Segment Synopsis: SD talked about how his interest in history influenced his political party affiliations. Most of the people in the Bronx were Democrats and voted for Roosevelt and Truman, and SD did as well. There was one republican student from Manhattan in SD's high school discussion section and the class relied on this student for the Republican view. SD told a story about debating with a radical student from Austria in his high school.

Keywords: American Politics; Bronx, New York; Communism; Franklin D. Roosevelt; Harry Truman; Postwar Period

00:09:13 - Antisemitism

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Partial Transcript: "Did you experience any antisemitism yourself?"

Segment Synopsis: SD experienced very little antisemitism. He was assaulted once on Halloween when an outside group came into his neighborhood to cause trouble. The neighborhood that SD grew up in was composed of people of varying races and ethnic backgrounds.

Keywords: Antisemitism; Bronx, New York

00:09:39 - Seymour's Education

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Partial Transcript: "And even though your parents hadn't had the opportunity for higher education, did they want that for their children?"

Segment Synopsis: SD described his academic career at City College. His parents were adamant that he attend college. SD debated going into biology, but decided to continue pursuing history. He talked about his classes, subject interests; and professors. He graduated with a BA in History in 1955.

Keywords: Biology; City College; Education; History

00:12:52 - Meeting his Wife

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Partial Transcript: "Tell me what happens next?"

Segment Synopsis: SD met his wife the year he graduated from college. He told a story about his short relationship with her before proposing. Before the age of 21, SD had never traveled outside of the East Coast.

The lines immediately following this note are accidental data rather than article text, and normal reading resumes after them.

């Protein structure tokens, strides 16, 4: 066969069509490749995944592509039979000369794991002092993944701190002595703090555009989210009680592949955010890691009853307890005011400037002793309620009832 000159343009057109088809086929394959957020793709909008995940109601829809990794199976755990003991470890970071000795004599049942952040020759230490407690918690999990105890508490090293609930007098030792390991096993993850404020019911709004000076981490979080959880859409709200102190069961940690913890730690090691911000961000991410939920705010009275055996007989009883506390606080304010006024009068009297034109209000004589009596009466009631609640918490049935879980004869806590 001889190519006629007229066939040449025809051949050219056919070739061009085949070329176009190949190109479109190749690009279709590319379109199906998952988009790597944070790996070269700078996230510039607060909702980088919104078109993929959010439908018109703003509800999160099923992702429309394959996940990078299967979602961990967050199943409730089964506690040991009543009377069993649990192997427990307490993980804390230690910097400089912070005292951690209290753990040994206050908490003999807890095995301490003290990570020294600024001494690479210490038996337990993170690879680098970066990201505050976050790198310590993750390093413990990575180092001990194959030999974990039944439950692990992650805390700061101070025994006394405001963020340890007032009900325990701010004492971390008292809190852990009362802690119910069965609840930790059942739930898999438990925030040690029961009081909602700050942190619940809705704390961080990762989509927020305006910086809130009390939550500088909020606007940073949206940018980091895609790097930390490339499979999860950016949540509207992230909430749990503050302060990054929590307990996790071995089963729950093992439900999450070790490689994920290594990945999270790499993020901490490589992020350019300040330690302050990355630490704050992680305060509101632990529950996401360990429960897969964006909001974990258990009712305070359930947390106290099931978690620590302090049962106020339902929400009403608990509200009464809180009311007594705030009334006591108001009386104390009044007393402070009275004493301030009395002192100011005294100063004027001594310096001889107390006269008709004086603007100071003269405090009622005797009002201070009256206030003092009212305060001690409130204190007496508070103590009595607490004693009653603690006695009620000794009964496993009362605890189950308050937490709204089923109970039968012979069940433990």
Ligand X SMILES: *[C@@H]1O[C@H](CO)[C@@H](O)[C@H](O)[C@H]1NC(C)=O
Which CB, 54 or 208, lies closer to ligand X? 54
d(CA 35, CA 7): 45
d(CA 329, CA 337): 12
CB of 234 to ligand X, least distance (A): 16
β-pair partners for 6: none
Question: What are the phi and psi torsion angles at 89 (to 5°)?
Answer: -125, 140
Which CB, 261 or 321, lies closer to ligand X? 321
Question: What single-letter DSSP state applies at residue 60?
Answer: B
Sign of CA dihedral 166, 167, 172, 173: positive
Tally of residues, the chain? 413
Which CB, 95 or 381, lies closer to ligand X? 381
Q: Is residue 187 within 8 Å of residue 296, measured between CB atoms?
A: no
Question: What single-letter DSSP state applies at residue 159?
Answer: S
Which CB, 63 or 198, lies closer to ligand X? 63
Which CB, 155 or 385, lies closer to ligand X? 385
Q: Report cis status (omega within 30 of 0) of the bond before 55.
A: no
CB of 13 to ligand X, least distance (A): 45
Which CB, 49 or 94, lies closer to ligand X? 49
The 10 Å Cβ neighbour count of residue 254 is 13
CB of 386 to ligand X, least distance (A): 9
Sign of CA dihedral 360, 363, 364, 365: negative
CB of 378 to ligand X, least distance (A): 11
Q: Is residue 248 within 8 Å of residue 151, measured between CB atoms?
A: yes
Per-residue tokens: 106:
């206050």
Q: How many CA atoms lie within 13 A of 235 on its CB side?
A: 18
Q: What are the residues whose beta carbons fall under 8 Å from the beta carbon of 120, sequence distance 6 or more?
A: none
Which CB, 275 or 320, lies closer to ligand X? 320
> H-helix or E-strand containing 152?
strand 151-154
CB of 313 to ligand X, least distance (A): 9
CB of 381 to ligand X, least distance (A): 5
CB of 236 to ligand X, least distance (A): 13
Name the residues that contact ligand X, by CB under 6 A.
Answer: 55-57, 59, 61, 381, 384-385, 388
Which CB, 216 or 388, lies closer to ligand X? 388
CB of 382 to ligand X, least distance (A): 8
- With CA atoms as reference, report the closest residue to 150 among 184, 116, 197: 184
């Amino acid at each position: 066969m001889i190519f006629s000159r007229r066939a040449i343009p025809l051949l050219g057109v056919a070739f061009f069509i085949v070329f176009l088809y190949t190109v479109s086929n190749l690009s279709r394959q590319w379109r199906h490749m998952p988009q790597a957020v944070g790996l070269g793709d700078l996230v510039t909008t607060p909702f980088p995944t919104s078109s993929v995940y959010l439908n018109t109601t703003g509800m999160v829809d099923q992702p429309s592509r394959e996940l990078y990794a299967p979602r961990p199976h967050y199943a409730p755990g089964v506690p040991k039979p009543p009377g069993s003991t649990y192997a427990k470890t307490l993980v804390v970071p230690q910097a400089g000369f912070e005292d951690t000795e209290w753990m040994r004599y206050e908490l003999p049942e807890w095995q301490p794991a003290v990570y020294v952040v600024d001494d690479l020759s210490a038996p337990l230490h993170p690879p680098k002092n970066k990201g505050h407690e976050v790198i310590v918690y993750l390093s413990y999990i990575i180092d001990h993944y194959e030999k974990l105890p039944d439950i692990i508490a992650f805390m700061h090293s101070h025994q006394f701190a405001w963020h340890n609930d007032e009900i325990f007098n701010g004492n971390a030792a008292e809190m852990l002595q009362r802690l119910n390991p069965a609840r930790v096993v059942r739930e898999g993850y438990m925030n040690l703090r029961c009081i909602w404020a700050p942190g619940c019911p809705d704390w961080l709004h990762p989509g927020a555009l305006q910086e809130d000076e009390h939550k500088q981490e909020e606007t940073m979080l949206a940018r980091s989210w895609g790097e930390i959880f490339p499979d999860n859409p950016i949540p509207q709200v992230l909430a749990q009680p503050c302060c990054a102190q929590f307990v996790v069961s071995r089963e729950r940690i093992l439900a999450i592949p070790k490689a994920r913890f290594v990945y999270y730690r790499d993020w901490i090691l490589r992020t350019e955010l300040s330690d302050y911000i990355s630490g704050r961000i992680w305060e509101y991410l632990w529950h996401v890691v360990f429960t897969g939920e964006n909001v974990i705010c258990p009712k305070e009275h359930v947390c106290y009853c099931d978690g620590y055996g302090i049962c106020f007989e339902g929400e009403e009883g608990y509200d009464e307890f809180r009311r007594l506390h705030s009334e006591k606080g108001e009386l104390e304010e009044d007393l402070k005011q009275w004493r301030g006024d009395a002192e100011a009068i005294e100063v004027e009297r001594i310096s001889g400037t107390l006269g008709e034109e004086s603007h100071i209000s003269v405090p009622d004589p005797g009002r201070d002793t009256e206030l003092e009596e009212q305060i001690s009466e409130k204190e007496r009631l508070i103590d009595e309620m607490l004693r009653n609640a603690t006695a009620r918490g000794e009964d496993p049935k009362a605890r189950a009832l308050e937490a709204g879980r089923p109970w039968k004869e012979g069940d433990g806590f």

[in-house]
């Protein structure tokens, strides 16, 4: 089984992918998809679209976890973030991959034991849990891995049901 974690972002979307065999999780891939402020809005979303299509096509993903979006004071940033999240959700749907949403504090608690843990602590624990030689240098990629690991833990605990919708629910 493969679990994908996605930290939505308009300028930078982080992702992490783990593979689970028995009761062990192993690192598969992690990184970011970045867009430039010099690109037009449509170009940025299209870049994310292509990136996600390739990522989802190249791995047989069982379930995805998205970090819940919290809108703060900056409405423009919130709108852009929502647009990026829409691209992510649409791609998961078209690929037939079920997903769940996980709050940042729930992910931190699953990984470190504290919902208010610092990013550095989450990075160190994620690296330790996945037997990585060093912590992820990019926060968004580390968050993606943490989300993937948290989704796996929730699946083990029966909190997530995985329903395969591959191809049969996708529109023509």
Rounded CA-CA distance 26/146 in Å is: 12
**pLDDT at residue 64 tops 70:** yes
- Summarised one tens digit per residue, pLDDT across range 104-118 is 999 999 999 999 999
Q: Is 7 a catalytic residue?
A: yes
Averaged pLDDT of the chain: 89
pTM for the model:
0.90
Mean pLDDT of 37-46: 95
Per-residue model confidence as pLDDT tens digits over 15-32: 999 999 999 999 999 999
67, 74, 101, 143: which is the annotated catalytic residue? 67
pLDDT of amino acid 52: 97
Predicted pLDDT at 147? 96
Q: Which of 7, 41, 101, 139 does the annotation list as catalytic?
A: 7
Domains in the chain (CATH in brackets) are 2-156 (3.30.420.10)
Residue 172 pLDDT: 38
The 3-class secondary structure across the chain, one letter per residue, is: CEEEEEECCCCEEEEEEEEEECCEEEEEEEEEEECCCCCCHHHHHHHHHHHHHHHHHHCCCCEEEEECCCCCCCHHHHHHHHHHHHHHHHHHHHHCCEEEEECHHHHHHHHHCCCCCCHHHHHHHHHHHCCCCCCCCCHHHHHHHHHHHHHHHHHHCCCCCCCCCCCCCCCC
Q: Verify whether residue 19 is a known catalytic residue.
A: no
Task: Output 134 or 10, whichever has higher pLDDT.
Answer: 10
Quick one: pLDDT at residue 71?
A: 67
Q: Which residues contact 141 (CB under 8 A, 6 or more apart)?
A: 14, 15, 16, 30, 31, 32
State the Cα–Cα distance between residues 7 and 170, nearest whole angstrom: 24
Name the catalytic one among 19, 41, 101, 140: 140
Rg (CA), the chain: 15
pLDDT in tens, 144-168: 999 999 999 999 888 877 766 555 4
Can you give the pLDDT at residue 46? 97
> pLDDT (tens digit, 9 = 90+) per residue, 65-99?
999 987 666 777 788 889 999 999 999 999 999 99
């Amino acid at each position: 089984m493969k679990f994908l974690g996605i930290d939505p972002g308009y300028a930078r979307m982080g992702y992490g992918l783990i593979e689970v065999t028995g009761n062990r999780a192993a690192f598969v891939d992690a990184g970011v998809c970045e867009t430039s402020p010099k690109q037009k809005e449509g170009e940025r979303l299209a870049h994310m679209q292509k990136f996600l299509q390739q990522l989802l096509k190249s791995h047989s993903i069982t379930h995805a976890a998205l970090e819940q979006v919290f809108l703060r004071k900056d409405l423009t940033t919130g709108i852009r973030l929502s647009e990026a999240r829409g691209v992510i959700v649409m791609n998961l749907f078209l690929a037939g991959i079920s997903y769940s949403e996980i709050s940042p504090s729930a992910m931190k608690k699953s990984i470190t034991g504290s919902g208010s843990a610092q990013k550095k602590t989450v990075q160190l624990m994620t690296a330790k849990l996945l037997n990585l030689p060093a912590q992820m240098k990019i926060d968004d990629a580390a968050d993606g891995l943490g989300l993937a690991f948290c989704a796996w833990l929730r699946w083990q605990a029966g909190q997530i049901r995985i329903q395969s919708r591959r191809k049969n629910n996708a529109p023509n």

Keywords: City College; Madison, Wisconsin; Marriage

00:12:56 - Life in Madison

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Partial Transcript: "So really, coming to Wisconsin was like the wild west or something."

Segment Synopsis: SD talked about his early impressions of Madison and goes into further detail about his early days at the University of Wisconsin – Madison. He wanted to work with Merle Curti, a well-known history professor and met with William Saxbe, chairman of the history department. Merle Curte was away on fellowship and SD instead began work with George Mosse.

Keywords: George L. Mosse; Graduate School; Madison, Wisconsin; University of Wisconsin-Madison

00:14:40 - Seymour's First History Seminar

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Partial Transcript: "I realized that I was a virgin and this man also was a virgin to Wisconsin and that, in fact, determined the composition of the first seminar."

Segment Synopsis: SD told the story of his first history seminar on intellectual history at the University of Wisconsin-Madison. The seminar had students ranging from freshmen to students working on dissertations from a variety of disciplines in history. The tone of the class as an intense critical, analytical seminar was set by the older students and the instructor, George Mosse. SD discussed his first paper on French Novelists writing about America in the 19th Century and the critical analysis that this paper received from the class. After the harsh critique in class, SD thought he was going to have to move back to New York, but got over it after a day. George Mosse told future students that he ‘reduced a student to tears and went weeping from the seminar,’ though it was an exaggeration.

Keywords: George L. Mosse; History Seminar; Intellectual History; UW-Madison

00:19:20 - Mosse's Fellowship